Elizabeth Cady Stanton

Elizabeth Cady Stanton (November 12, 1815 – October 26, 1902) was an American social activist, abolitionist, and leading figure of the early women's rights movement. Her Declaration of Sentiments, presented at the first women's rights convention held in 1848 in Seneca Falls, New York, is often credited with initiating the first organized women's rights and women's suffrage movements in the United States.

Before Stanton narrowed her political focus almost exclusively to women's rights, she was an active abolitionist together with her husband, Henry Brewster Stanton and cousin, Gerrit Smith. Unlike many of those involved in the women's rights movement, Stanton addressed various issues pertaining to women beyond voting rights. Her concerns included women's parental and custody rights, property rights, employment and income rights, divorce, the economic health of the family, and birth control. She was also an outspoken supporter of the 19th-century temperance movement.

After the American Civil War, Stanton's commitment to female suffrage caused a schism in the women's rights movement when she, together with Susan B. Anthony, declined to support passage of the Fourteenth and Fifteenth Amendments to the United States Constitution. She opposed giving added legal protection and voting rights to African American men while women, black and white, were denied those same rights. Her position on this issue, together with her thoughts on organized Christianity and women's issues beyond voting rights, led to the formation of two separate women's rights organizations that were finally rejoined, with Stanton as president of the joint organization, approximately twenty years after her break from the original women's suffrage movement.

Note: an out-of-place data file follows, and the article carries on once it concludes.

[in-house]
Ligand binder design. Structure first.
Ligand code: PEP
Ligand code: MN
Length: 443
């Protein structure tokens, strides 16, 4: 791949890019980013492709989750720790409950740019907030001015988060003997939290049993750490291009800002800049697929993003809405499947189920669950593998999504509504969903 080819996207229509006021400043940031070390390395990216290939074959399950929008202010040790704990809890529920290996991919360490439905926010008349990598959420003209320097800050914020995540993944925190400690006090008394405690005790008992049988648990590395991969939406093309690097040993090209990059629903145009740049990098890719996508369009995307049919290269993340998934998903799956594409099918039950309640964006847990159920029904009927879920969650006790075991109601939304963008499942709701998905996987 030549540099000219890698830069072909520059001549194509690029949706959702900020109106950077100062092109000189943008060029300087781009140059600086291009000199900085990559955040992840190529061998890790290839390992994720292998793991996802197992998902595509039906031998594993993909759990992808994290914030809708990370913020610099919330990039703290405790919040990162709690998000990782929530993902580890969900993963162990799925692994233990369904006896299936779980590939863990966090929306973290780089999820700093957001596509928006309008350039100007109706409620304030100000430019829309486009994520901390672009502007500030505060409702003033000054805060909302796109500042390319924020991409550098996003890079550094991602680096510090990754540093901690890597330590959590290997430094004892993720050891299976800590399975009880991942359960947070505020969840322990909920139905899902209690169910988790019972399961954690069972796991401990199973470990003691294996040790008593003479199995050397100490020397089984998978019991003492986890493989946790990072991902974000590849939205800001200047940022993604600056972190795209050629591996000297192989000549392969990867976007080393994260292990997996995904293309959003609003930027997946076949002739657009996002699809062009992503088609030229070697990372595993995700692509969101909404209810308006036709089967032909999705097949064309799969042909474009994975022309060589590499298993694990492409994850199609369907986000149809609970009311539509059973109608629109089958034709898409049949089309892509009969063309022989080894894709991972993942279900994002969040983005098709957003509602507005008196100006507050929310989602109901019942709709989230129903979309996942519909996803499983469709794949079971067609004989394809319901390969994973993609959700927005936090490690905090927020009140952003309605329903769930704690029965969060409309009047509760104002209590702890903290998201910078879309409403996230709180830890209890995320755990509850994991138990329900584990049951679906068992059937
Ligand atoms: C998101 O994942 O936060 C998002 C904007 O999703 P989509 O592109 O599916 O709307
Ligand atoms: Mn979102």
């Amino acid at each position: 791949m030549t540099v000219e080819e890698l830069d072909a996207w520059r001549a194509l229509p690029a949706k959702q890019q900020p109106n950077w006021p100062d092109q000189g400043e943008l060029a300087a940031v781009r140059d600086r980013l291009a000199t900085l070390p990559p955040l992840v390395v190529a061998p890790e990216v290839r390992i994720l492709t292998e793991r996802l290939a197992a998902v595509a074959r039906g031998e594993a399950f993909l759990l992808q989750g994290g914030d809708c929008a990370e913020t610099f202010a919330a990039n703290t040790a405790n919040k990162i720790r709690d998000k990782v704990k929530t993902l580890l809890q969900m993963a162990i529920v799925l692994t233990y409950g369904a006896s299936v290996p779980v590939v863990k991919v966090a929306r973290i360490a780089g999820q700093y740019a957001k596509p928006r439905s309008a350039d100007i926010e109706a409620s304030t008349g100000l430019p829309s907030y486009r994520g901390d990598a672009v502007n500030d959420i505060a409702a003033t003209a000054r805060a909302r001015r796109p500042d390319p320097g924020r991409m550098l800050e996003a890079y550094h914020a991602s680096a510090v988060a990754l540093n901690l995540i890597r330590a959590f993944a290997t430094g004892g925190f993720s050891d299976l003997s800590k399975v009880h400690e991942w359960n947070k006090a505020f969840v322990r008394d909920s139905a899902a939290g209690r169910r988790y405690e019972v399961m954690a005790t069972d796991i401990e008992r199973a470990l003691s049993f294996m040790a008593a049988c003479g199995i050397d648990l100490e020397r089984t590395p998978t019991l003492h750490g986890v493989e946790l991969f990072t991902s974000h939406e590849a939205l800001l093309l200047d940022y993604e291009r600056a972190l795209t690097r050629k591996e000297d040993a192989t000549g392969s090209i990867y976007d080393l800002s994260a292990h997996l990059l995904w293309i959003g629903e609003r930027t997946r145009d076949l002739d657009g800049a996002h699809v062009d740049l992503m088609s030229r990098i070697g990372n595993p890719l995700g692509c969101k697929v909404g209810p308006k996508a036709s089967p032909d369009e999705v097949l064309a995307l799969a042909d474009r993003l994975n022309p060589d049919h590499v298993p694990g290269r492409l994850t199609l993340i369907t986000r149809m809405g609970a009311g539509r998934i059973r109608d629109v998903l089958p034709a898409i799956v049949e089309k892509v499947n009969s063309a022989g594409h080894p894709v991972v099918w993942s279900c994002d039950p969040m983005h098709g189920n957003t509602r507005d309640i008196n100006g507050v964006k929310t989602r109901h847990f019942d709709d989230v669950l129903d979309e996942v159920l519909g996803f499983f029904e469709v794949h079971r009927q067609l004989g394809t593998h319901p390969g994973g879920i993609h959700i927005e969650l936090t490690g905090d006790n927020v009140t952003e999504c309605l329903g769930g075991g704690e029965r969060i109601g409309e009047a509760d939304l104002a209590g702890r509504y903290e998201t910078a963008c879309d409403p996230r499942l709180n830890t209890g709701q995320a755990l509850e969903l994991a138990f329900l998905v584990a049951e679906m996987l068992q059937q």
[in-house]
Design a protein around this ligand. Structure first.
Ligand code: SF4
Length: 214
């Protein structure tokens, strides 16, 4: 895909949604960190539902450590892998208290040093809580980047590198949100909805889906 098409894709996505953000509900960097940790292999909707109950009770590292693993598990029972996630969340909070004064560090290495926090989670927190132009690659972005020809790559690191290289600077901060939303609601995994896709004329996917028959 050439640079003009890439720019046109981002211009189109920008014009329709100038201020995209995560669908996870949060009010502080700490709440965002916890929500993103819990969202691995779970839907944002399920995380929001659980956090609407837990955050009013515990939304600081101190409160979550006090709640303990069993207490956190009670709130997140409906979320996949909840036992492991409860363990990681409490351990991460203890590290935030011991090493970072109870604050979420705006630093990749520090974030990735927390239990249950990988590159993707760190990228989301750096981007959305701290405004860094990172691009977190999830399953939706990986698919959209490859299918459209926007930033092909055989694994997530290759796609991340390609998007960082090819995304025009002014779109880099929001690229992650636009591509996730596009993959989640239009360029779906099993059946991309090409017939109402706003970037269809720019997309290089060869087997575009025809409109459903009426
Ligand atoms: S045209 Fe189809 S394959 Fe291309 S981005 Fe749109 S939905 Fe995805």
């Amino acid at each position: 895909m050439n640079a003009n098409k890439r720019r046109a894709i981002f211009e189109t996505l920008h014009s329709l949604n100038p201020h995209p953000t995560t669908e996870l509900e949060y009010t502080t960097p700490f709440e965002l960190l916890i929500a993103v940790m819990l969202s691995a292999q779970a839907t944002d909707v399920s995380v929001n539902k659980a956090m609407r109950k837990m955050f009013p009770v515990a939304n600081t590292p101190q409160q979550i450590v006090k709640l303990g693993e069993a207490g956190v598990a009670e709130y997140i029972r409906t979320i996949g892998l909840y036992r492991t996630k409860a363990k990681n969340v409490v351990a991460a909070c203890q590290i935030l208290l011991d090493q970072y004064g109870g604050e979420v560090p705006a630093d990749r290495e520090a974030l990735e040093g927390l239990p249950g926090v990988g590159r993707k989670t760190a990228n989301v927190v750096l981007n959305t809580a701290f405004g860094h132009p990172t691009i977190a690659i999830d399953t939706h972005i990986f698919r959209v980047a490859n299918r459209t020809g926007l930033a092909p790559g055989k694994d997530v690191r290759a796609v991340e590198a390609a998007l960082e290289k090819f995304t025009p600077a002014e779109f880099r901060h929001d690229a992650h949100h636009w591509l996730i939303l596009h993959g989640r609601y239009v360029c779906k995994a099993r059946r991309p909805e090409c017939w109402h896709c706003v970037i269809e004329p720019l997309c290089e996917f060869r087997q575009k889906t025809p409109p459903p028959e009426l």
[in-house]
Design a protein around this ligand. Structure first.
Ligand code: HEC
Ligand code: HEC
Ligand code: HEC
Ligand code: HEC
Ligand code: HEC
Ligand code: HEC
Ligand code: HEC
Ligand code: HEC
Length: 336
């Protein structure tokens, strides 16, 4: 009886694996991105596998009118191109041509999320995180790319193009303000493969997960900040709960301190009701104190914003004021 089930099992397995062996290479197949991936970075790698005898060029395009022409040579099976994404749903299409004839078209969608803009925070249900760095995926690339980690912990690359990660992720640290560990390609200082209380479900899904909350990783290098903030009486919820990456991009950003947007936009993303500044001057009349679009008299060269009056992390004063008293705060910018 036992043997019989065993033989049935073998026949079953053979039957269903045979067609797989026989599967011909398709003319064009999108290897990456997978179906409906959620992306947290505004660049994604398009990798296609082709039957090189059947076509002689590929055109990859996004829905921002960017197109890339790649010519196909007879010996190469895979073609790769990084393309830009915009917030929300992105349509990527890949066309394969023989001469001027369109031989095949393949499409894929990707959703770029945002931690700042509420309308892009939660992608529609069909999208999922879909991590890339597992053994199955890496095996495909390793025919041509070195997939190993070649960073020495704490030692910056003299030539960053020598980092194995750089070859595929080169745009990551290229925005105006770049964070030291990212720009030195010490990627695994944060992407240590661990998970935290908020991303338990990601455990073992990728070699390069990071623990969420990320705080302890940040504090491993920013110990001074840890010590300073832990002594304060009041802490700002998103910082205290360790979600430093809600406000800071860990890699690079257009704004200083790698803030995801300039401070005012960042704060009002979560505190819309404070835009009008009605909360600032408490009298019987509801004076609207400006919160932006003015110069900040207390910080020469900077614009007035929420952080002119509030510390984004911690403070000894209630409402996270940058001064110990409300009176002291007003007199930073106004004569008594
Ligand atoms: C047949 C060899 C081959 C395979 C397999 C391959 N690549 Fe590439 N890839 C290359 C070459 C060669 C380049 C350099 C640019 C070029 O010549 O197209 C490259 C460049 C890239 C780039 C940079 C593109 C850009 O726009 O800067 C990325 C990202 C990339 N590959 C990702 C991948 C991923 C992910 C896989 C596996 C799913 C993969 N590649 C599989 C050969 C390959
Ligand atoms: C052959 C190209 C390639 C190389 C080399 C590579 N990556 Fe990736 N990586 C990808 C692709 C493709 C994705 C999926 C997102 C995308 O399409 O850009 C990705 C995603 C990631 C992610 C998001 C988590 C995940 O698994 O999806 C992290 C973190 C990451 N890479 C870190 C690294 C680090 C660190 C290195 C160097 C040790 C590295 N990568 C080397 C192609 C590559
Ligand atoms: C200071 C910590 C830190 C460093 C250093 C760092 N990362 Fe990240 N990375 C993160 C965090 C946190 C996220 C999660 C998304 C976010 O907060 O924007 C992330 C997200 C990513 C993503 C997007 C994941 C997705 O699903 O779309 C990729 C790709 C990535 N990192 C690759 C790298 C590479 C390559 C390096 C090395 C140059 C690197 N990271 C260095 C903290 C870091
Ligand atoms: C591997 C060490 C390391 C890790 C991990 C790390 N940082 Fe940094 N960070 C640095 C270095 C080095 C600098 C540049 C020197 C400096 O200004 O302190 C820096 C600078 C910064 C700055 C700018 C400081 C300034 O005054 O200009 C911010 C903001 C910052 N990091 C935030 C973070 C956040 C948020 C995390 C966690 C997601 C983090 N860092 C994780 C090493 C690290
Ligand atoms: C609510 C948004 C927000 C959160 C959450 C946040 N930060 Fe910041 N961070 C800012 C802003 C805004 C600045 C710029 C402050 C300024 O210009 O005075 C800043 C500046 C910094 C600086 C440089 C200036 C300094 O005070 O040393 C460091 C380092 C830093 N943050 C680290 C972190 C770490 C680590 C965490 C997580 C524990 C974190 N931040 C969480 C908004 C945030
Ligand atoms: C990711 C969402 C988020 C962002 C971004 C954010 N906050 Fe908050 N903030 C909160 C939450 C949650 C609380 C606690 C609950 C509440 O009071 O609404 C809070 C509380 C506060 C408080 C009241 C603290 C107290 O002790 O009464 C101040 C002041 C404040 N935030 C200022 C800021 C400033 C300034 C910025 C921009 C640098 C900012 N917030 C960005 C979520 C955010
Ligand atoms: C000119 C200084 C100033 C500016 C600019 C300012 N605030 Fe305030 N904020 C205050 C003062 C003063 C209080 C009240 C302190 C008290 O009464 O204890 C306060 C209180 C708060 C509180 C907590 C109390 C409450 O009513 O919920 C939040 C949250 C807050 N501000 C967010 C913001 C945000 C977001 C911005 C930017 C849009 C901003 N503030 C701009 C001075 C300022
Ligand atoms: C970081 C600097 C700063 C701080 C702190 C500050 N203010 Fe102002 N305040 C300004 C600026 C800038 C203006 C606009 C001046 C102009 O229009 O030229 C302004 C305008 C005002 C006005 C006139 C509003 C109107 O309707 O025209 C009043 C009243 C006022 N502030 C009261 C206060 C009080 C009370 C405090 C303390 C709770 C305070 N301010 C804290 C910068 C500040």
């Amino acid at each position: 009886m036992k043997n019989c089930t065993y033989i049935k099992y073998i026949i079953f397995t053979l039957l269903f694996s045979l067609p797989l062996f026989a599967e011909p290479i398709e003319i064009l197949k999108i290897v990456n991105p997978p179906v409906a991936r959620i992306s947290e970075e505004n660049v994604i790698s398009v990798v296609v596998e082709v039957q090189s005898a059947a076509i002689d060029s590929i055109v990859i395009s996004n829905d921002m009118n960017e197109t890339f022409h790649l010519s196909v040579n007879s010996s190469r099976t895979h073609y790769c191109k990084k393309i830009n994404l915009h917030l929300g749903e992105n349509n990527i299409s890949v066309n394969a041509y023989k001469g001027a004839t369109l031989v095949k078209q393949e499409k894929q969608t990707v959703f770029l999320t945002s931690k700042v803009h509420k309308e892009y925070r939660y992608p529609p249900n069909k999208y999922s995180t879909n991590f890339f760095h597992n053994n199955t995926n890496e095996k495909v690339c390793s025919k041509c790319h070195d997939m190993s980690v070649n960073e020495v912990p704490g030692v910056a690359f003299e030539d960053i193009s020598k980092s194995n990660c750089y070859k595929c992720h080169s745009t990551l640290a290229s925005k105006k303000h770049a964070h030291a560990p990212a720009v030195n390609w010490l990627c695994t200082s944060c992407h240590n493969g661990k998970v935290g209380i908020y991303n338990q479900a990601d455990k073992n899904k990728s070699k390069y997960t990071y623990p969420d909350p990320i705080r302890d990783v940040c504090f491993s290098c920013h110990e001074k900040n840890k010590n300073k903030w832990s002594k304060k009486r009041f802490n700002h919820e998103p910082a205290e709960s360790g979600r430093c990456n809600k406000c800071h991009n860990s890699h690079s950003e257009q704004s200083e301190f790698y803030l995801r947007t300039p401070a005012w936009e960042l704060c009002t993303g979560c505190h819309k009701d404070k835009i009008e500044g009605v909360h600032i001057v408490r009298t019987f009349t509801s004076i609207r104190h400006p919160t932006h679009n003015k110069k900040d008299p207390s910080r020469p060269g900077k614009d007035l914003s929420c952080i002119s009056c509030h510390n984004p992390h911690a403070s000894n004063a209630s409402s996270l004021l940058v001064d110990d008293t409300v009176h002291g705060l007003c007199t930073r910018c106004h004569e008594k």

Read more about Elizabeth Cady StantonChildhood and Family Background, Education and Intellectual Development, Marriage and Family, Early Activism in The Women's Rights Movement, Ideological Divergence With Abolitionists and The Women's Rights Movement, Later Years, Death, Burial, and Remembrance

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Famous quotes by elizabeth cady stanton:

    ... all the cares and anxieties, the trials and disappointments of my whole life, are light, when balanced with my sufferings in childhood and youth from the theological dogmas which I sincerely believed, and the gloom connected with everything associated with the name of religion, the church, the parsonage, the graveyard, and the solemn, tolling bell.
    Elizabeth Cady Stanton (1815–1902)

    Modesty and taste are questions of latitude and education; the more people know,—the more their ideas are expanded by travel, experience, and observation,—the less easily they are shocked. The narrowness and bigotry of women are the result of their circumscribed sphere of thought and action.
    Elizabeth Cady Stanton (1815–1902)

    To throw obstacles in the way of a complete education is like putting out the eyes; to deny the rights of property is like cutting off the hands. To refuse political equality is like robbing the ostracized of all self-respect, of credit in the market place, of recompense in the world of work, of a voice in choosing those who make and administer the law, a choice in the jury before whom they are tried, and in the judge who decides their punishment.
    Elizabeth Cady Stanton (1815–1902)